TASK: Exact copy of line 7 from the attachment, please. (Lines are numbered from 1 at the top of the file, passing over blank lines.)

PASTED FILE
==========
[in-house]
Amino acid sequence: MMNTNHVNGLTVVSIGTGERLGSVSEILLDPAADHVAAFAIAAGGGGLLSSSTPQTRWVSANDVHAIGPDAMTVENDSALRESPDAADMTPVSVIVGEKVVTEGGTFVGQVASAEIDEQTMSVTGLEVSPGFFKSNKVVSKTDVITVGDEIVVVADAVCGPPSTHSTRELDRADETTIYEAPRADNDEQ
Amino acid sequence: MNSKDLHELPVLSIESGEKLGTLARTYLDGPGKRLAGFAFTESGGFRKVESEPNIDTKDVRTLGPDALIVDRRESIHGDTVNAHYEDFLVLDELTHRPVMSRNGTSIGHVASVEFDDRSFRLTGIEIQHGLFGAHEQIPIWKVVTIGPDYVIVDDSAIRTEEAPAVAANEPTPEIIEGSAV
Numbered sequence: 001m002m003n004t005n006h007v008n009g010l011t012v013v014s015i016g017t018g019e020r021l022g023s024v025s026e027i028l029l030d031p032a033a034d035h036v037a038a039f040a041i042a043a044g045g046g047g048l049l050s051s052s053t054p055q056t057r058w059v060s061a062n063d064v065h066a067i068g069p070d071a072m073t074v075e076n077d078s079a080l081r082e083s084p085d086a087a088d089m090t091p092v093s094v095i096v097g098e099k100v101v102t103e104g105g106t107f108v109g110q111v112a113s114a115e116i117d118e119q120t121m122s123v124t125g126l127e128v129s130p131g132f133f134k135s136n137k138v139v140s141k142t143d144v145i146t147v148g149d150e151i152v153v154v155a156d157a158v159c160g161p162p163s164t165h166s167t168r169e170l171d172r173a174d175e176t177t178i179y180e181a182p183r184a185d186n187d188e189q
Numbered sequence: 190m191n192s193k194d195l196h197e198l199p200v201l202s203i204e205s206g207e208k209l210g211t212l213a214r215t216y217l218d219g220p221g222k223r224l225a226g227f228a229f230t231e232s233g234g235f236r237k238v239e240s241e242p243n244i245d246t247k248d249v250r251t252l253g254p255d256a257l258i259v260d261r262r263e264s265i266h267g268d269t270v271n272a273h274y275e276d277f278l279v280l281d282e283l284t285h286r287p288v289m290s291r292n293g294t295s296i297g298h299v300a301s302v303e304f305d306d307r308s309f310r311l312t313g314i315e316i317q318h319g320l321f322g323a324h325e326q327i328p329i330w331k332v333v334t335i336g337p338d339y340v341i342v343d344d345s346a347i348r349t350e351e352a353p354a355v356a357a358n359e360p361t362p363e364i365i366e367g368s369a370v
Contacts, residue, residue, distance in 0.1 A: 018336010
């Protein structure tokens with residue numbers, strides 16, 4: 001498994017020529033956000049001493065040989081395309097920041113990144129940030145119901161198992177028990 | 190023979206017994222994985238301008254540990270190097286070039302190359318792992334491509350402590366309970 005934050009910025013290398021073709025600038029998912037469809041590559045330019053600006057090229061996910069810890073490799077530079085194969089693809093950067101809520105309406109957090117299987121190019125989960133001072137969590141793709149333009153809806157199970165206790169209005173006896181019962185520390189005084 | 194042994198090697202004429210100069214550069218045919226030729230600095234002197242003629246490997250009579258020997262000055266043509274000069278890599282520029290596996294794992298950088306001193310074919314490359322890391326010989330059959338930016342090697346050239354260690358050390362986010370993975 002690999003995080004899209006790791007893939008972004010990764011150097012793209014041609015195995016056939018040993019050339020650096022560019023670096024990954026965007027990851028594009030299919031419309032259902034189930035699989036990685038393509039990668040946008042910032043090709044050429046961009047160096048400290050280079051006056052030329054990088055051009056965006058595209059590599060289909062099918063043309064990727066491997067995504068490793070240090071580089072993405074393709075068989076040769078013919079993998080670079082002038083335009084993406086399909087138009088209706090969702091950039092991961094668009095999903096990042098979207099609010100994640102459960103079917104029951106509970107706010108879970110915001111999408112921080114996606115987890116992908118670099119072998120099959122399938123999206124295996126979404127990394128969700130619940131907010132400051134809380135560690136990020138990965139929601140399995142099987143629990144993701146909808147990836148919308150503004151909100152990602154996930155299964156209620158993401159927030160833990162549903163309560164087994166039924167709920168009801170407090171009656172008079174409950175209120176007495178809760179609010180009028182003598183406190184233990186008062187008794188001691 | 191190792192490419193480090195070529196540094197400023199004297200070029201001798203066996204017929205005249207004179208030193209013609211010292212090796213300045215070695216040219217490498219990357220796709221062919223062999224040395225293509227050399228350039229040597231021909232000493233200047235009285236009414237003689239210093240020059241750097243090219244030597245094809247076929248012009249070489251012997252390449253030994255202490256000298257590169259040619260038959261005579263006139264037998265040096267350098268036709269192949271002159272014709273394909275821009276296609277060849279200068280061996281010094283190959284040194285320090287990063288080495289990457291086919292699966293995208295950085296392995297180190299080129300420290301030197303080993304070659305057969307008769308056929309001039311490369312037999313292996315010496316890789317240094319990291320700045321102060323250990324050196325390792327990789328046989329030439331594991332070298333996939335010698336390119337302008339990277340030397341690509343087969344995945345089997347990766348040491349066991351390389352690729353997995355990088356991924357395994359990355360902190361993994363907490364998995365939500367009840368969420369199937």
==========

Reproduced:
């Protein structure tokens with residue numbers, strides 16, 4: 001498994017020529033956000049001493065040989081395309097920041113990144129940030145119901161198992177028990 | 190023979206017994222994985238301008254540990270190097286070039302190359318792992334491509350402590366309970 005934050009910025013290398021073709025600038029998912037469809041590559045330019053600006057090229061996910069810890073490799077530079085194969089693809093950067101809520105309406109957090117299987121190019125989960133001072137969590141793709149333009153809806157199970165206790169209005173006896181019962185520390189005084 | 194042994198090697202004429210100069214550069218045919226030729230600095234002197242003629246490997250009579258020997262000055266043509274000069278890599282520029290596996294794992298950088306001193310074919314490359322890391326010989330059959338930016342090697346050239354260690358050390362986010370993975 002690999003995080004899209006790791007893939008972004010990764011150097012793209014041609015195995016056939018040993019050339020650096022560019023670096024990954026965007027990851028594009030299919031419309032259902034189930035699989036990685038393509039990668040946008042910032043090709044050429046961009047160096048400290050280079051006056052030329054990088055051009056965006058595209059590599060289909062099918063043309064990727066491997067995504068490793070240090071580089072993405074393709075068989076040769078013919079993998080670079082002038083335009084993406086399909087138009088209706090969702091950039092991961094668009095999903096990042098979207099609010100994640102459960103079917104029951106509970107706010108879970110915001111999408112921080114996606115987890116992908118670099119072998120099959122399938123999206124295996126979404127990394128969700130619940131907010132400051134809380135560690136990020138990965139929601140399995142099987143629990144993701146909808147990836148919308150503004151909100152990602154996930155299964156209620158993401159927030160833990162549903163309560164087994166039924167709920168009801170407090171009656172008079174409950175209120176007495178809760179609010180009028182003598183406190184233990186008062187008794188001691 | 191190792192490419193480090195070529196540094197400023199004297200070029201001798203066996204017929205005249207004179208030193209013609211010292212090796213300045215070695216040219217490498219990357220796709221062919223062999224040395225293509227050399228350039229040597231021909232000493233200047235009285236009414237003689239210093240020059241750097243090219244030597245094809247076929248012009249070489251012997252390449253030994255202490256000298257590169259040619260038959261005579263006139264037998265040096267350098268036709269192949271002159272014709273394909275821009276296609277060849279200068280061996281010094283190959284040194285320090287990063288080495289990457291086919292699966293995208295950085296392995297180190299080129300420290301030197303080993304070659305057969307008769308056929309001039311490369312037999313292996315010496316890789317240094319990291320700045321102060323250990324050196325390792327990789328046989329030439331594991332070298333996939335010698336390119337302008339990277340030397341690509343087969344995945345089997347990766348040491349066991351390389352690729353997995355990088356991924357395994359990355360902190361993994363907490364998995365939500367009840368969420369199937």